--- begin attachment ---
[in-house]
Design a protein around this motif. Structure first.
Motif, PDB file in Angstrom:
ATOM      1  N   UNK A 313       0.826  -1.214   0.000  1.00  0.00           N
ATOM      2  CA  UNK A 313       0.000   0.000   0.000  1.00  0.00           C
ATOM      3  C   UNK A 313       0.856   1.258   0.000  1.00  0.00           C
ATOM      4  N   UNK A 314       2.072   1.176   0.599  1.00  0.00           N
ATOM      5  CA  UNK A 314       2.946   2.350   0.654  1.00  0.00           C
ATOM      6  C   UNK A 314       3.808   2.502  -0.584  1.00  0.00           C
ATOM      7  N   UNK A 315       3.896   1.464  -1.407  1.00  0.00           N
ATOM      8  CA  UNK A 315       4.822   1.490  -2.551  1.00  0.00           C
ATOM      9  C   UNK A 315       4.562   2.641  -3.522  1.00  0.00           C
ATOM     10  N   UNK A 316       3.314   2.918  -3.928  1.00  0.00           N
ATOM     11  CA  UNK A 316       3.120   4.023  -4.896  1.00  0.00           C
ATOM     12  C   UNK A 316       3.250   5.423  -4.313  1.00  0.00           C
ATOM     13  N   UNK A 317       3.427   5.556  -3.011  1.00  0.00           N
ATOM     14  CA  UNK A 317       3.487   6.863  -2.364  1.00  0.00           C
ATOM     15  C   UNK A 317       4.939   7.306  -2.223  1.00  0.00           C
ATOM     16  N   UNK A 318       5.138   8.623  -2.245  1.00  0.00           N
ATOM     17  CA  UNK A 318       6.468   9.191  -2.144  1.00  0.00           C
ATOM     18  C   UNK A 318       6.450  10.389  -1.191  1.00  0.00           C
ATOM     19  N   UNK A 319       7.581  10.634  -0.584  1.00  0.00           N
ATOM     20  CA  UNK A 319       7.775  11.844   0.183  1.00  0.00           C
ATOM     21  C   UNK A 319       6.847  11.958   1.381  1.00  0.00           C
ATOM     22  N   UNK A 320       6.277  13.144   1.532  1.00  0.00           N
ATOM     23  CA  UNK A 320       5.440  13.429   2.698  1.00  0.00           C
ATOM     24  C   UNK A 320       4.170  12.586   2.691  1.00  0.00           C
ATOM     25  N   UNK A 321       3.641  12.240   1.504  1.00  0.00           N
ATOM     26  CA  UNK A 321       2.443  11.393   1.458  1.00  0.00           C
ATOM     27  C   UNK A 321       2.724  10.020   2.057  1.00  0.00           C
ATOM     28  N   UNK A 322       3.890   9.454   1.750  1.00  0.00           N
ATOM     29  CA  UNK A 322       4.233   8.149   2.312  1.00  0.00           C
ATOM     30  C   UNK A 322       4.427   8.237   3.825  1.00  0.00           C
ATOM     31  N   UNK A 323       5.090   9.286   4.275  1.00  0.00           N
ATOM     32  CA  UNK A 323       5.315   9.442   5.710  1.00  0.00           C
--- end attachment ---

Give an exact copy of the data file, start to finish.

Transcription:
[in-house]
Design a protein around this motif. Structure first.
Motif, PDB file in Angstrom:
ATOM      1  N   UNK A 313       0.826  -1.214   0.000  1.00  0.00           N
ATOM      2  CA  UNK A 313       0.000   0.000   0.000  1.00  0.00           C
ATOM      3  C   UNK A 313       0.856   1.258   0.000  1.00  0.00           C
ATOM      4  N   UNK A 314       2.072   1.176   0.599  1.00  0.00           N
ATOM      5  CA  UNK A 314       2.946   2.350   0.654  1.00  0.00           C
ATOM      6  C   UNK A 314       3.808   2.502  -0.584  1.00  0.00           C
ATOM      7  N   UNK A 315       3.896   1.464  -1.407  1.00  0.00           N
ATOM      8  CA  UNK A 315       4.822   1.490  -2.551  1.00  0.00           C
ATOM      9  C   UNK A 315       4.562   2.641  -3.522  1.00  0.00           C
ATOM     10  N   UNK A 316       3.314   2.918  -3.928  1.00  0.00           N
ATOM     11  CA  UNK A 316       3.120   4.023  -4.896  1.00  0.00           C
ATOM     12  C   UNK A 316       3.250   5.423  -4.313  1.00  0.00           C
ATOM     13  N   UNK A 317       3.427   5.556  -3.011  1.00  0.00           N
ATOM     14  CA  UNK A 317       3.487   6.863  -2.364  1.00  0.00           C
ATOM     15  C   UNK A 317       4.939   7.306  -2.223  1.00  0.00           C
ATOM     16  N   UNK A 318       5.138   8.623  -2.245  1.00  0.00           N
ATOM     17  CA  UNK A 318       6.468   9.191  -2.144  1.00  0.00           C
ATOM     18  C   UNK A 318       6.450  10.389  -1.191  1.00  0.00           C
ATOM     19  N   UNK A 319       7.581  10.634  -0.584  1.00  0.00           N
ATOM     20  CA  UNK A 319       7.775  11.844   0.183  1.00  0.00           C
ATOM     21  C   UNK A 319       6.847  11.958   1.381  1.00  0.00           C
ATOM     22  N   UNK A 320       6.277  13.144   1.532  1.00  0.00           N
ATOM     23  CA  UNK A 320       5.440  13.429   2.698  1.00  0.00           C
ATOM     24  C   UNK A 320       4.170  12.586   2.691  1.00  0.00           C
ATOM     25  N   UNK A 321       3.641  12.240   1.504  1.00  0.00           N
ATOM     26  CA  UNK A 321       2.443  11.393   1.458  1.00  0.00           C
ATOM     27  C   UNK A 321       2.724  10.020   2.057  1.00  0.00           C
ATOM     28  N   UNK A 322       3.890   9.454   1.750  1.00  0.00           N
ATOM     29  CA  UNK A 322       4.233   8.149   2.312  1.00  0.00           C
ATOM     30  C   UNK A 322       4.427   8.237   3.825  1.00  0.00           C
ATOM     31  N   UNK A 323       5.090   9.286   4.275  1.00  0.00           N
ATOM     32  CA  UNK A 323       5.315   9.442   5.710  1.00  0.00           C